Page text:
Saturday, December 30, 2006

Lilium canadense

Saturday, December 30, 2006

Almost 4:30 PM here on the hill. The sun gave up for the day long ago and there is a dullness about that even the fresh snow cannot brighten. Two lone juncos sit on the flat bird feeder facing each other. They are eating millet and other small seeds I have added. They appear to be eating and talking to each other at the same time. That's not polite but birds do it a lot. Bird talk. Watch them.

Gail had planned to go to Montpelier today to do errands but the morning gave rise to a snowfall of light, dry snow. The roads even here didn't seem too safe so she decided to stay home and I decided to head downtown to load up some more brush.

I don't think most folks understand how a little clean-up can provide a different visual effect within your garden, regardless of its size. I drove off Route 2 and onto the property, made a wide circle along the Winooski River and came to a stop at the height of the land with the truck parallel to Route 2 but facing towards Marshfield Village. The view impressed me and made me enjoy our purchase even more.

For a couple-three weeks now I have been clearing dead trees and brush while trying to understand the land better. There's plenty to learn. My point is that a real messy looking piece of property can command a much better selling price if only it's cleaned up a bit. I have removed something like 20 pick-up truck loads of brush so the entire image is much different now. It makes everything look bigger and lets you know what you have and where the boundaries are.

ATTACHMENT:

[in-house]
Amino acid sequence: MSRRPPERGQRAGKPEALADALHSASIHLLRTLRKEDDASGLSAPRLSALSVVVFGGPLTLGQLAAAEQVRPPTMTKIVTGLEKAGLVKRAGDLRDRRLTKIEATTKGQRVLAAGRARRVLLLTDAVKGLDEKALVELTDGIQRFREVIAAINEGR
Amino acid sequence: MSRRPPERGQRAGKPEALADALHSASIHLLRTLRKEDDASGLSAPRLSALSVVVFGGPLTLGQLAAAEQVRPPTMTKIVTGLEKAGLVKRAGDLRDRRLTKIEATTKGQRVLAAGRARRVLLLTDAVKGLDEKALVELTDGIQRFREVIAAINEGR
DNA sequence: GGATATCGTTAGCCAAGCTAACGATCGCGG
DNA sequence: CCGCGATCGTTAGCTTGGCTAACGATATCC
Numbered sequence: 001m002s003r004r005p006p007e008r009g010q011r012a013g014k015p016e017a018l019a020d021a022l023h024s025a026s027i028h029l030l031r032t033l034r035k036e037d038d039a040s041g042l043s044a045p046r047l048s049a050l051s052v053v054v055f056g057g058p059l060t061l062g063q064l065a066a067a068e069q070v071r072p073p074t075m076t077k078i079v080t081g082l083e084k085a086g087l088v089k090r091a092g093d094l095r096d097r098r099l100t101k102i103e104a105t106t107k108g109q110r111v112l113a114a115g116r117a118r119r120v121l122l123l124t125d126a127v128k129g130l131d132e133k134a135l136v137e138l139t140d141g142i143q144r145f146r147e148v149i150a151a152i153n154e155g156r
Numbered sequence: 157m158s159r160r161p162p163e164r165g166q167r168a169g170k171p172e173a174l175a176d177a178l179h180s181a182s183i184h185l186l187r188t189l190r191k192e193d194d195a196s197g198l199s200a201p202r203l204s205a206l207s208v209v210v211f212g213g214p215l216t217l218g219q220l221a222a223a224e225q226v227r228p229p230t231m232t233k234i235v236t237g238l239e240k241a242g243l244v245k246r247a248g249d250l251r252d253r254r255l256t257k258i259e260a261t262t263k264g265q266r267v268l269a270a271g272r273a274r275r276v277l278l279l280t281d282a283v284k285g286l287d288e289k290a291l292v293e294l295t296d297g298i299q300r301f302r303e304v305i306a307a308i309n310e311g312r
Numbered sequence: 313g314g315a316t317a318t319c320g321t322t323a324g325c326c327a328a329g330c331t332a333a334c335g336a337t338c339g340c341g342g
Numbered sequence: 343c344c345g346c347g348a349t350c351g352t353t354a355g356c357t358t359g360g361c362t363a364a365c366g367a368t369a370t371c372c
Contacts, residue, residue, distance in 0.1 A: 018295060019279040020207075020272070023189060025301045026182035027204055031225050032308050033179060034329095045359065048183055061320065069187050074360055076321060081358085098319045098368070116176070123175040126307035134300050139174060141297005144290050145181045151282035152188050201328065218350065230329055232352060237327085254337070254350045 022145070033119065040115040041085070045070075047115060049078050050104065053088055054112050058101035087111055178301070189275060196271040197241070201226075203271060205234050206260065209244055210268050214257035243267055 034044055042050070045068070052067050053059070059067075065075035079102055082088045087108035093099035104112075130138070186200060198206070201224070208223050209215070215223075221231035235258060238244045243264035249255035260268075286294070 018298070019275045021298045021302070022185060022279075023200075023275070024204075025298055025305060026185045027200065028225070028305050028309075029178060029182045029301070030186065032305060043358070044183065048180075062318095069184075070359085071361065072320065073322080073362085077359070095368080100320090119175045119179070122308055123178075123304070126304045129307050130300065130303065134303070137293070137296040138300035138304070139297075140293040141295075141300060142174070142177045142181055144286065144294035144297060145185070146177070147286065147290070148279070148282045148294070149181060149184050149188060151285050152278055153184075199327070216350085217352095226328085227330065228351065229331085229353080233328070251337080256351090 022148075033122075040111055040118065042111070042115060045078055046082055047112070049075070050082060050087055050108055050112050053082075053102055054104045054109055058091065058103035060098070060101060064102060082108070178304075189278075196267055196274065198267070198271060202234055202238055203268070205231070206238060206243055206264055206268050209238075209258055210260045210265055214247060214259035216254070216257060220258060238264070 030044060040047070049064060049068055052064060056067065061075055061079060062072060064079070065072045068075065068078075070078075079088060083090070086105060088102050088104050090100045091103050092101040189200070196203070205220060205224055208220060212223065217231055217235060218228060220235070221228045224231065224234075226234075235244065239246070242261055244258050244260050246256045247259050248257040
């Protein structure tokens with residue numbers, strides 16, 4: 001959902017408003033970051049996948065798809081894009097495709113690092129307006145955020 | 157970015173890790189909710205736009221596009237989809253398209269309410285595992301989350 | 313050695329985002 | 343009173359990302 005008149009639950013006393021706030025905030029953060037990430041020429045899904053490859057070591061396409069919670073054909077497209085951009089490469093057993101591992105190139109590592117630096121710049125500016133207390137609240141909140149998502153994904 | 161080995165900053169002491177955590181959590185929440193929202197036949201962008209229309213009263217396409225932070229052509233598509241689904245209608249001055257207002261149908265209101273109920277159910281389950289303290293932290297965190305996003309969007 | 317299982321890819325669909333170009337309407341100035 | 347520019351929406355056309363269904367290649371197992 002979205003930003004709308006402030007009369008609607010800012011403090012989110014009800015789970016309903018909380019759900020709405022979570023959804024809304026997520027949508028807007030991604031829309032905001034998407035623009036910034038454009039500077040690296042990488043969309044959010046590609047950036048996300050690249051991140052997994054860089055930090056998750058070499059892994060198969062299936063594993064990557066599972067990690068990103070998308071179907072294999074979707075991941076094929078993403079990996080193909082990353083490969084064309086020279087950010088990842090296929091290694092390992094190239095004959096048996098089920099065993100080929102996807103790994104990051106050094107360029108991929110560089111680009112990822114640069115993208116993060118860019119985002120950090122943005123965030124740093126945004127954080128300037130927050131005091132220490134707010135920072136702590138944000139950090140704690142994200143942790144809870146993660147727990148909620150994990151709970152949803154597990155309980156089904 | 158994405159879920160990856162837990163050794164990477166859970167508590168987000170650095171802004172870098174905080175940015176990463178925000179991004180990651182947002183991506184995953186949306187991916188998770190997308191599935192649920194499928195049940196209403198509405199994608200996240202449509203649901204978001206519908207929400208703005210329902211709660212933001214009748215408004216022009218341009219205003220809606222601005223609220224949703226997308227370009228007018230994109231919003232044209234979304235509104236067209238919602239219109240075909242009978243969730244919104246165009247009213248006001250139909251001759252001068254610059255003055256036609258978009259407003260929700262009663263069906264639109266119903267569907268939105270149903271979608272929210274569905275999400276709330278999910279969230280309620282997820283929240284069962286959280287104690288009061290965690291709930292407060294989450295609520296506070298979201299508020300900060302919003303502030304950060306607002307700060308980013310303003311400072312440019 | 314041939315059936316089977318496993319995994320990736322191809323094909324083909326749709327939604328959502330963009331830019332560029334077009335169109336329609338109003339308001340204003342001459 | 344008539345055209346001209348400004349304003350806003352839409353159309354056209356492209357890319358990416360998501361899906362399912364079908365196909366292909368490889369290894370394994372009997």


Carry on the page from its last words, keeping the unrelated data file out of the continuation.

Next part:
Dragging brush through grass and goldenrod stalks, hops and grapevines, woodvine and blackberry bushes is not pleasant. You kind of feel relieved when the truck is loaded. At the same time you wish you had some kind of levitation power like you see in the movies to unload the debris where you want. I have yet to acquire that skill.

For as long as I have loaded trucks, I have had a habit of walking around the loaded vehicle to be sure I haven't left anything behind. Driving something that suddenly has lost visibility out the back window and gained a payload at the same time deserves a safety check. When I made the circle today, a view of the Winooski River caught my attention and I headed for it. A couple red squirrels sat above me, eating butternuts. One sat back on his tail and almost pointed his nose toward the river.

As I walked along the riverbank, mellowed by the sound of the flowing water, I was suddenly pleased to find a dried, 6 foot tall stalk from a Lilium canadense. It was seedless on top and looked little like the beautiful candelabra lily that often welcomes Vermonters close to Independence Day. I have trained myself to look for plants at different times of the year and today the training paid off. I looked around, making a note in my mental diary for next spring and summer.